Hardening and tempering of bars leads to the desired strength properties, but the bars are usually slightly crooked. The further processing by point-free grinding requires “grinding-straight” bars. Even the customer, a manufacturer of precision turned parts, requires very straight bars. So they have to be aligned. Rolled billets sometimes have cracks on the surface. These could intensify during further processing by cold forming, so they should be removed before this forming. Samples have to be taken after the various processing steps for process-accompanying quality control. Cutting edges have to be deburred and the products have to be labeled for safe identification. This list could be extended even further. Everything that happens between and at the end of the production line in the steel-producing and processing industry is assigned to the adjustment, formerly also called alignment (Hiersig, 1995). The term adjusting comes from the French “ajuster” and means something like aligning, thus making it even or bringing it into order. Various post-processing steps are necessary for this. They are based on the product (material, delivery condition and geometry) as well as on the requirements for further processing or for the application.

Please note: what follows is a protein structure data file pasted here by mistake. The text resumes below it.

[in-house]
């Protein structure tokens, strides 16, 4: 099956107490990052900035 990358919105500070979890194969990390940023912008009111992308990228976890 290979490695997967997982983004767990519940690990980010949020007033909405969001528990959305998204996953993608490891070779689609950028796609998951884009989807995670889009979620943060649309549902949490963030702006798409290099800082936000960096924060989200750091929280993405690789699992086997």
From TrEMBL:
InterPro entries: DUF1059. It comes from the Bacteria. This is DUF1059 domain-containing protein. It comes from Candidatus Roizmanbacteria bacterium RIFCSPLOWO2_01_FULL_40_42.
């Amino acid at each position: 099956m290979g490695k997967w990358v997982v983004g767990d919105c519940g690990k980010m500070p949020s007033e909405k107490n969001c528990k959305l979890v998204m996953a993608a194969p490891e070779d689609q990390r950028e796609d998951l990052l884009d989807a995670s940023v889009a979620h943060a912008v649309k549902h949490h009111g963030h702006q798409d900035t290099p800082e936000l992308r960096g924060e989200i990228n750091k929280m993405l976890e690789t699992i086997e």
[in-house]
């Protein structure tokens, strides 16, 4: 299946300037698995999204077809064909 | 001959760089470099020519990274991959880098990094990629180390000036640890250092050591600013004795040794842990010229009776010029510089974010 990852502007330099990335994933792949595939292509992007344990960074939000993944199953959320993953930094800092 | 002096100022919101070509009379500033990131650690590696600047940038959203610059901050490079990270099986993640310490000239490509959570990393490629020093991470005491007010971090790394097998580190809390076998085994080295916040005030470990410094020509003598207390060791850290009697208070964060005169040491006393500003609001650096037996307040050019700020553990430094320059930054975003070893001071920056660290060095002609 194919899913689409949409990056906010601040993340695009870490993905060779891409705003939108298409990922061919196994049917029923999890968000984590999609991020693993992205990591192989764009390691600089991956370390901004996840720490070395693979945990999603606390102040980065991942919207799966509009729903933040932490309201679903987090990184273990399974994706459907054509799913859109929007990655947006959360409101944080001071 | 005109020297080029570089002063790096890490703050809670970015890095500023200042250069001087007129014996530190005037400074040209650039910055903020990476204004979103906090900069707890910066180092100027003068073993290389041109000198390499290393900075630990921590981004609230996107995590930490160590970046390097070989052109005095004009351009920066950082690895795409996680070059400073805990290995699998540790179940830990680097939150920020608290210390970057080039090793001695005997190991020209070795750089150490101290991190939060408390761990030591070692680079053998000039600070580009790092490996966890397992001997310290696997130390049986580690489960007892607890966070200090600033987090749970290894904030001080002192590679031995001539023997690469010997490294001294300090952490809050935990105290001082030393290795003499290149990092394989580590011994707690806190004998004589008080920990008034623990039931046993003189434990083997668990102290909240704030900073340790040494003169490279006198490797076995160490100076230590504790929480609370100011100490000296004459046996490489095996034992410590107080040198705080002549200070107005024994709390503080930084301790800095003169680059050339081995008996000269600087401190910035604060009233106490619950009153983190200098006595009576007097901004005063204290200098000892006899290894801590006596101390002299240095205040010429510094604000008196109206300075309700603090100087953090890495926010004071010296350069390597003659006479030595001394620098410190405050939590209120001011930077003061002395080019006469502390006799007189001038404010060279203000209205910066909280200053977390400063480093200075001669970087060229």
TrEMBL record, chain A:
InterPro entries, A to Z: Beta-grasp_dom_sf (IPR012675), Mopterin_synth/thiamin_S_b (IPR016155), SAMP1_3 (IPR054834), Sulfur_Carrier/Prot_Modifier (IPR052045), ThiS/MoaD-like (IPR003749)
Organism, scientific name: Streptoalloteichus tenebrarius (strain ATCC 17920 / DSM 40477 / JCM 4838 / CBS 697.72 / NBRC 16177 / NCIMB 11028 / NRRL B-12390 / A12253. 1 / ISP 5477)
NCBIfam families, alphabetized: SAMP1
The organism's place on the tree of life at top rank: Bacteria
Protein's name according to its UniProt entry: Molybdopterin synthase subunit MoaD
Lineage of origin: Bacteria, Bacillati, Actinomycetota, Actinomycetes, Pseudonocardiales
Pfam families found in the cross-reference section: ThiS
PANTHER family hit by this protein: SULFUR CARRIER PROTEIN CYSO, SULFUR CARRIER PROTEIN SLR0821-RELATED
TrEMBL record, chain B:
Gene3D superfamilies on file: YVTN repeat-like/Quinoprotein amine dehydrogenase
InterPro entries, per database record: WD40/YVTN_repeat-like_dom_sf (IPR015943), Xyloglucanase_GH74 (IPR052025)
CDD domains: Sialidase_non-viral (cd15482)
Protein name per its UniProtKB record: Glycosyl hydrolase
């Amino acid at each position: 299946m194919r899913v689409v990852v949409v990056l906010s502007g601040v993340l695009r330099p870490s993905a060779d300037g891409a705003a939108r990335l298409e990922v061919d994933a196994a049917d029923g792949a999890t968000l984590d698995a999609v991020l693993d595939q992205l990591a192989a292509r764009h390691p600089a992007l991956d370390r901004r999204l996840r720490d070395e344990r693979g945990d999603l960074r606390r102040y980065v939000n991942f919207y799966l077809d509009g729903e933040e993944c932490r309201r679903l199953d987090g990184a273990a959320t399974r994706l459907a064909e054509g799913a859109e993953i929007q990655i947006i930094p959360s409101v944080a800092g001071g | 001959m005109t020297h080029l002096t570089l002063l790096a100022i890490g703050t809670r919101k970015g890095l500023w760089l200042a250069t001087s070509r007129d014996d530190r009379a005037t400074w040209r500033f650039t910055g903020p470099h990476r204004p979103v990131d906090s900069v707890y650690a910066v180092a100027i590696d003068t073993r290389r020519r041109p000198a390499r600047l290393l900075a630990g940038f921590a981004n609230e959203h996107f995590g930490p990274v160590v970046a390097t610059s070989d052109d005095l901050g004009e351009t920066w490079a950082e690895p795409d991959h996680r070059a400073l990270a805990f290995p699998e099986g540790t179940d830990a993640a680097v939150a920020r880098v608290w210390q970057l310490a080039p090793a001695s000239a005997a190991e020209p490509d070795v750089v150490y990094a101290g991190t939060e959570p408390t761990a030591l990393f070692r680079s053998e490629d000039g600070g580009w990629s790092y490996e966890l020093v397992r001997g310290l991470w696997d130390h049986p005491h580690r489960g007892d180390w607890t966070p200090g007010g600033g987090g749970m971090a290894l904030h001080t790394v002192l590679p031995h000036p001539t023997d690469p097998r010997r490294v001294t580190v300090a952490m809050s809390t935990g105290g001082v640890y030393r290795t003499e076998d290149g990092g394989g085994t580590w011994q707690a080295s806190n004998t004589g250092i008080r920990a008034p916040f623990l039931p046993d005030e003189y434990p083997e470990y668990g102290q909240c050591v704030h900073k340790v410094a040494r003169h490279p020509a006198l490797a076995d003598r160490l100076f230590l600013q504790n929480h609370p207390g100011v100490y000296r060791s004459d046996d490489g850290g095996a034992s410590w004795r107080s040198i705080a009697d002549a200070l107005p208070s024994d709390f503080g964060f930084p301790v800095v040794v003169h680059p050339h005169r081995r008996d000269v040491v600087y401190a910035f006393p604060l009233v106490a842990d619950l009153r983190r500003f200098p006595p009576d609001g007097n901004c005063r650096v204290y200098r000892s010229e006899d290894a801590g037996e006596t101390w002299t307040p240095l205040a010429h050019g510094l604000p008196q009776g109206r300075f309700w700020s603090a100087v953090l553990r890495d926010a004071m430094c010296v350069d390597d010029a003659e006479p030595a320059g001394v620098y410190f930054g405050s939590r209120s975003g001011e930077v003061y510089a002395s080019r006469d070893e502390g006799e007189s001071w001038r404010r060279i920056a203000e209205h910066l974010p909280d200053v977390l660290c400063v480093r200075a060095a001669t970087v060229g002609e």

Usually, adjustment includes the following steps:
  • Separating to achieve the desired dimensions from customers (see Sect. 8.​4: Separating)
  • Editing the cutting edges, the knob and ends (deburring, chamfering, see Sect. 8.​3.​10: Editing ends)
  • Aligning to secure the requirements of straightness
  • Surface treatment (cleaning, coating) and removal of surface defects
  • Sampling for quality control (interim and final controls)
  • Signing, color marking or stamping for clear identification of the product
  • Interim storage
  • Preparing (packaging)
  • Packing and shipping
Often, heat treatment is also assigned to the adjustage area in companies. Below, only some of these adjustage work can be presented with examples of product-related applications, preferably for semi-finished steel, such as surface treatment, alignment, finishing, packaging and shipping.
Joachim Schlegel
Chapter 10. By-products and Waste
Abstract